Updated: Dec 15, 2020
It did not win in either category, but I requested feedback from the judges involved and it arrived today. They each give a numerical score of 0-5 in five areas: Structure, Organization, and Pacing; Spelling, Punctuation, and Grammar; Production Quality and Cover Design; Plot and Story Appeal; Character Appeal and Development; and Voice and Writing Style. They also provided a brief written commentary.
I opened the email with the mainstream category judge’s commentary first. My best numerical score was for Spelling, Punctuation, and Grammar, and that was a four. Plot and Story Appeal got a two. The rest were twos and threes. The commentary was negative all the way – I definitely will not be sharing any part of it.
Then I opened the email with the inspirational category judge’s commentary. Everything got five’s – a perfect score – and the commentary ended with “one of the most interesting and useful novels I’ve seen.” I immediately posted the full commentary in the author comments on the book at Amazon.
Now both of these judges were presumably working with the same instructions for scoring – probably a rubric of some kind. I think the key is in the Plot and Story Appeal. The first judge gave that a two, the second a five. The first probably did not enjoy any of the process and got it done as quickly as possible; the second obviously enjoyed the book thoroughly and may not have looked at the technical aspects as critically as a neutral party. While I like the perfect score, I need to keep that in mind when my head starts swelling.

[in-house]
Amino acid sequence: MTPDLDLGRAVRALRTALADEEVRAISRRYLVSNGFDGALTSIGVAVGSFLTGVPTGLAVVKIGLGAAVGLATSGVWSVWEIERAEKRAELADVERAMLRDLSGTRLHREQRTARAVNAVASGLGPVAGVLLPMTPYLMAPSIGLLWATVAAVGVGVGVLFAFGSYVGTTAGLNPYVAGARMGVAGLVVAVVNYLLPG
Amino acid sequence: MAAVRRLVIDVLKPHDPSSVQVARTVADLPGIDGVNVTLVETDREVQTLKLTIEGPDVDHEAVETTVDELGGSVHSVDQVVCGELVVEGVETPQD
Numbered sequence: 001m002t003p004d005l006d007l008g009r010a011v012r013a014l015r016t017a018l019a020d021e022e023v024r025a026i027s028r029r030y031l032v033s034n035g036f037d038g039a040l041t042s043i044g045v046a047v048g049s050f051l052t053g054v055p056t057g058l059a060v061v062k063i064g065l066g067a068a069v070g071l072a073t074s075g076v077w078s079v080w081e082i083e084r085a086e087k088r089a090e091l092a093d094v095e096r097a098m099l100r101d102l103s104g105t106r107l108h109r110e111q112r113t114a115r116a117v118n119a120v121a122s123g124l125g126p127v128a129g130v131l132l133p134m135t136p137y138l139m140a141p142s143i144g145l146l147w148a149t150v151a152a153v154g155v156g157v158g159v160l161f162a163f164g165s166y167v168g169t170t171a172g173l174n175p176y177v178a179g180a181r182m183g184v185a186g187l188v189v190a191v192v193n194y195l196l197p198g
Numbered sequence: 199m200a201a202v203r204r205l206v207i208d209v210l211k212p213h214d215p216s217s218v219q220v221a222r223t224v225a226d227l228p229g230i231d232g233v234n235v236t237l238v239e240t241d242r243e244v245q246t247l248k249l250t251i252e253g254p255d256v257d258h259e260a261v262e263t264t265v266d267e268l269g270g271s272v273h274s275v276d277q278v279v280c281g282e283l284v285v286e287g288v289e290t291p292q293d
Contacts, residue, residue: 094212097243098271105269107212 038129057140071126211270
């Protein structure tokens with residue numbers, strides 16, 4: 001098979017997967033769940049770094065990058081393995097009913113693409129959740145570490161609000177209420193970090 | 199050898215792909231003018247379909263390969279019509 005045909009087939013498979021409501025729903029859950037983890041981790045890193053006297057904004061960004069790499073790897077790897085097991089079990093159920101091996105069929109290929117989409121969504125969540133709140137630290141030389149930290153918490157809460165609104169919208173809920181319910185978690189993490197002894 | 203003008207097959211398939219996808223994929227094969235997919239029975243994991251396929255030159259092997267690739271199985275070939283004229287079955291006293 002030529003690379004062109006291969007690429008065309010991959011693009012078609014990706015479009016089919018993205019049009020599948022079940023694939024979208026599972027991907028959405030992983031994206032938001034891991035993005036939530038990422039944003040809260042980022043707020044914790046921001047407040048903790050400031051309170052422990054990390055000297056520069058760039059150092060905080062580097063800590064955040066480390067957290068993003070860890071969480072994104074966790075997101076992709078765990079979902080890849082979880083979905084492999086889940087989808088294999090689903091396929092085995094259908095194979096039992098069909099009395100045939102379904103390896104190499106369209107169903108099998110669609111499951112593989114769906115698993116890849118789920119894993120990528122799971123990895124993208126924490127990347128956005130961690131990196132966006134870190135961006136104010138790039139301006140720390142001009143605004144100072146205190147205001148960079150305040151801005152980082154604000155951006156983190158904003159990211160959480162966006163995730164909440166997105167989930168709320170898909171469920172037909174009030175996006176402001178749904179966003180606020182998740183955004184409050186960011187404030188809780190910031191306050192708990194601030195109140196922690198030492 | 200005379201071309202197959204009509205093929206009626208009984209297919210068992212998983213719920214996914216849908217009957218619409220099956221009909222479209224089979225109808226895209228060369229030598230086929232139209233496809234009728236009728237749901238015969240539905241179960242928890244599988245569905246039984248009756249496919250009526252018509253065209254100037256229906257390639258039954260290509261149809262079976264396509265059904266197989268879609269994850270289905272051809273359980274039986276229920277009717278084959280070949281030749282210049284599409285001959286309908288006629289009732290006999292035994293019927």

The bottom line is, no book appeals to every reader, including judges and reviewers, and most contests will have a single person doing the first screening read.
So what should you do when you get a negative review or commentary? Munch on a piece of chocolate and look at the details and decide if any criticism is justified. If you can’t make changes to this book, use the criticism to improve the next. When I entered Michael Dolan McCarthy in the Amazon Breakout Novel Awards, I got a full reading of the manuscript by Publisher’s Weekly and that reviewer pointed out my strengths as a writer and places the novel was weak. I hadn’t published yet, so after the initial cringe, I went back and fixed the problem areas. I quote the positives. Alice is already published, but if I write something similar, I’ll revisit both of these commentaries.
There’s sometimes a delay updating info at Amazon, so here’s the full positive review:
Judge’s Commentary 25th Annual Writer’s Digest Self-Published Book Awards
“ALICE by Sheri McGuinn is a wonderful short novel that’s an easy read. Yet it contains deep threads along with an important mission. Using the power of fiction, the novelist encourages readers to do something for the community — that is, using abandoned buildings to house the homeless. This is a worthy idea that I hope many will be inspired to adopt. Although it’s been awhile since I had major contact with teenagers, I believe the author captures the voice of a thirteen-year-old very well. The narrator has a sense of wisdom, awe, and inexperience that marks many in that age bracket. Baby Girl is a storyteller I enjoyed spending time with, and I think others will, too. The bright yellow book cover captures the attention right away. The flowers are whimsical, and remind me of the hippie era, which is of course ideal for this book. The back cover design is also whimsical, and lets the reader know what to expect. I would have liked to see an author bio here. The resources listed inside, along with promos for the next book and the self-publishing guide are all practical and helpful. Overall, one of the most interesting and useful novels I’ve seen.”
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